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Mahes Visvalingam
Post-retirement postings

Please note that this site is under construction.


Some Experiences with Natural Medicine
and related observations





Ginger features prominently in Eastern medicine and cuisine and is also used in Western herbals.  Ginger is often used with especially meat and fish to aid digestion and counteract toxicity and unpleasant odours. 


Types of ginger
  • young ginger - used in preserves - warming

  • old or mother ginger - used in cooking and for medicinal purposes - warming

    • juice - If you cannot tolerate the mass of ginger, which can irritate sensitive digestive systems, try bashing the root and using the juice.

    • decoction  - most used in remedies - see ginger tea

    • dried ginger powder - from stores - more pungent - supposed to be better for medicinal purposes but may be adulterated.

    • dried - used in South Indian Chukku Kopi (dried ginger coffee) as a digestive and carminative during cold and rainy seasons.  Chukku is ginger soaked in lime before drying.

  • essential oil - best not to use this since it may be adulterated.  Seek medical advice before using this.


Good for Bad for or during
Particularly for symptoms associated with cold, weak digestion and/or toxicity :
  • Anti cancer
  • Anti cholesterol
  • Anti fungal (one of the herbs for treating candida)
  • Anti inflammatory - so may be good for arthritis, menstrual cramps and pain relief; fibromyalgia pain
  • Anti spasmodic
  • anxiety  because binds to serotonin receptors
  • blood thinner, prevents clots, lowers LDL cholesterol
  • Raises blood pressure (Lu, p21 ) and stimulates the heart - so good for poor circulation - good for cold hands and feet.
  • cold stomach; gastritis; indigestion - also other cold symptoms like suppressed menstruation.
  • depression
  • digestive aid
  • diarrhoea
  • fever - wash the skin with ginger water to induce perspiration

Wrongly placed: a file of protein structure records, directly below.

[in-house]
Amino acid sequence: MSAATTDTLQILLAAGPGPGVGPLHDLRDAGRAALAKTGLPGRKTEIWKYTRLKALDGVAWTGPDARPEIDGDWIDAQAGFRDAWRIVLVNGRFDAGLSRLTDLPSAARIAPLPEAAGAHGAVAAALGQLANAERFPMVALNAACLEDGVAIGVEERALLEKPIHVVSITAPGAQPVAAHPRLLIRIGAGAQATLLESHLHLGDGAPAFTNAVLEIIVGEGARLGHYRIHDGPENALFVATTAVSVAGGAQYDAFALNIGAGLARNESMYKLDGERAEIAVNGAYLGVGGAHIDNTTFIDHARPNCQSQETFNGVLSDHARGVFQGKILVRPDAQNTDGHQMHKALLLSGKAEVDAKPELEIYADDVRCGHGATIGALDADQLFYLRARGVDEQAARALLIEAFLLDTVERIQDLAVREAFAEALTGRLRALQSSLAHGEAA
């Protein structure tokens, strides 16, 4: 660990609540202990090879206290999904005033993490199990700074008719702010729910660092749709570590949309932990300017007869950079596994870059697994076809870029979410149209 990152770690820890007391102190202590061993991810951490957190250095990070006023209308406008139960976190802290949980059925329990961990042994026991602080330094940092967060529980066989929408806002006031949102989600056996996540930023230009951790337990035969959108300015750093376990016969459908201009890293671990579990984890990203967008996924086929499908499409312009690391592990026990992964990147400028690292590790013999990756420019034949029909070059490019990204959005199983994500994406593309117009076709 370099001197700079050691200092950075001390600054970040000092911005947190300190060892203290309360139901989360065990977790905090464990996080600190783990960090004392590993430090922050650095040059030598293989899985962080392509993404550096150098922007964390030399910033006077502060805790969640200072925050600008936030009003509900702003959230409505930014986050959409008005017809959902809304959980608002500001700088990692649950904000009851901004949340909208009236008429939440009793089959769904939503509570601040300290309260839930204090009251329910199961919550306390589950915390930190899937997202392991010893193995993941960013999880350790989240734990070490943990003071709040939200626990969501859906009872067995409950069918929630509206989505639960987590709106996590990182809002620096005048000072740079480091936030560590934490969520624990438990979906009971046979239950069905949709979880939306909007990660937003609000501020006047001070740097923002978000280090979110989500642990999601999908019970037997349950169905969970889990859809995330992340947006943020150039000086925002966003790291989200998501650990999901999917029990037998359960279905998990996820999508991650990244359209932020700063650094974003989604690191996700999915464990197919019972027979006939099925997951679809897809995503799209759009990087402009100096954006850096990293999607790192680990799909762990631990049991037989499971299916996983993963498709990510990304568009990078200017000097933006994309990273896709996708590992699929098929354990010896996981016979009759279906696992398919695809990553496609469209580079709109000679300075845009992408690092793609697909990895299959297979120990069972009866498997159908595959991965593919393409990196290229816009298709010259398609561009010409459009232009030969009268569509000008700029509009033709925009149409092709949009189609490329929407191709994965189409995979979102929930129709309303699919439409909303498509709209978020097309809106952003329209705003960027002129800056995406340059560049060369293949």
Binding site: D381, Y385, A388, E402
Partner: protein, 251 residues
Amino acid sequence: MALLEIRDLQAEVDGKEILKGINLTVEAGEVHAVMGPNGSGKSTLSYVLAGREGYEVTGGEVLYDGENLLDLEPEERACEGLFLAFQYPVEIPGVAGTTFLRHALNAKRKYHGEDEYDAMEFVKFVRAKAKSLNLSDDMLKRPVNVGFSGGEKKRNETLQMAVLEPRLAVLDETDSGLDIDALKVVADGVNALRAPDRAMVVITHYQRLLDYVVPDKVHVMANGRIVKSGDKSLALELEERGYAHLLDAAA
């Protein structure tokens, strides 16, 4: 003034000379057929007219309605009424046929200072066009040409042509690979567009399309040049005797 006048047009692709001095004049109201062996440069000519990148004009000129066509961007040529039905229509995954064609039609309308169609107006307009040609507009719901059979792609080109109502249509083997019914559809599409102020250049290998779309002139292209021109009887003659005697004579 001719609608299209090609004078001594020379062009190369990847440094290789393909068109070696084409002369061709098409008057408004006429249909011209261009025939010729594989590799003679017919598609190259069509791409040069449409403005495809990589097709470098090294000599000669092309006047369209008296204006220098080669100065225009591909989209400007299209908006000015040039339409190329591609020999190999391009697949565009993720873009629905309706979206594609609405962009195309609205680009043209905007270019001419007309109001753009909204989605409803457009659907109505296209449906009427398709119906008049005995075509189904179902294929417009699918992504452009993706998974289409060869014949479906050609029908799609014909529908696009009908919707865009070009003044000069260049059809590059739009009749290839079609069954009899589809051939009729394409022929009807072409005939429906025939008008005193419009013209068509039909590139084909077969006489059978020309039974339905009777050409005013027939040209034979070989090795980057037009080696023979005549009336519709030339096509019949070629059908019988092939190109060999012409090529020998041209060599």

• nausea - medical evidence exists to show its benefits for nausea from chemotherapy as long known by herbalists (Bartram mentions this).  See also http://www.botanical-online.com/medicinalsgengibreangles.htm
  • respiratory complaints - cold, sore throat, sinusitis, flu- since it is a good expectorant and promotes perspiration
  • sleepiness (according to Lu)
  • vomiting - anti-emetic good for travel and morning sickness
  • Diabetes ginger lowers blood sugar - so see doctor if on medication for diabetes
  • Bleeding or prior to surgery - because it thins the blood.  Avoid  if you are already on blood thinning medication like aspirin and warfarin.
  • Blood clotting - for the same reason, avoid if using blood clotting medication
  • Fever
  • Gall stones (since it stimulates secretion of bile)
  • High blood pressure or other heart complaints
  • Contraindicated for kidney disease, according to Bartram 
  • High doses during pregnancy may induce abortion.  (See http://www.umm.edu/altmed/articles/ginger-000246.htm). 
  • Hot flashes? I was hot in bed if I took a strong dose, especially with black pepper.
  • Ulcers and other inflammatory skin diseases


Normally, the skin is scraped off before use as food since the active ingredient gingerol is concentrated under the skin.  When I was having acute gastritis, I initially used the ginger with the skin on but only for a couple of days.  After that I scraped the skin off given all the warnings about overdosing.  It should not be consumed in excess (various sites give different maximum limits).  Several sites state a maximum of 2 gms. fresh ginger or 400 milligrams dry ginger per day.  Too much ginger can produce excessive gastric acidity ulcerative colitis, Crohns disease, and IBS.  According to UMM, pregnant women should not take more than 1gm per day. http://www.umm.edu/altmed/articles/ginger-000246.htm


In Sep 2013, I came across this article which summarises the health benefits of ginger and its contraindications; it provides links to research papers.  http://www.greenmedinfo.com/node/83545


Asian children were often given all sorts of preserves to chew and suck - some of these were pickled, others crystallised in sugar or salted.  The red-coloured Chinese salted ginger is quite hot but the crystallised shreds and pickled slices were delicious.  I recall that some of salted lumps were larger than a tea spoon -some were the size of dessert spoons.  So, I have always thought that ginger was safe.  But, these were treats which we did not have on a daily basis especially since ginger featured in a lot of our dishes. This is a good page on use of dried ginger in TCM http://www.chineseherbshealing.com/dried-ginger-root/  The page on fresh ginger is http://www.chineseherbshealing.com/fresh-ginger-root/


  1. Dr. Cynthia Jayasuriya points out that ginger should not be consumed with Tapioca, since this is a toxic combination.  See: http://www.thesundayleader.lk/2010/02/14/vitamin-b17-fighting-cancer/

  2. According to TCM, ginger tea should not be consumed  at night or in spring/winter.


Jan 2018 - I came across this:




Mahes Visvalingam, 10 Jan 2012
Last updated on 29/03/18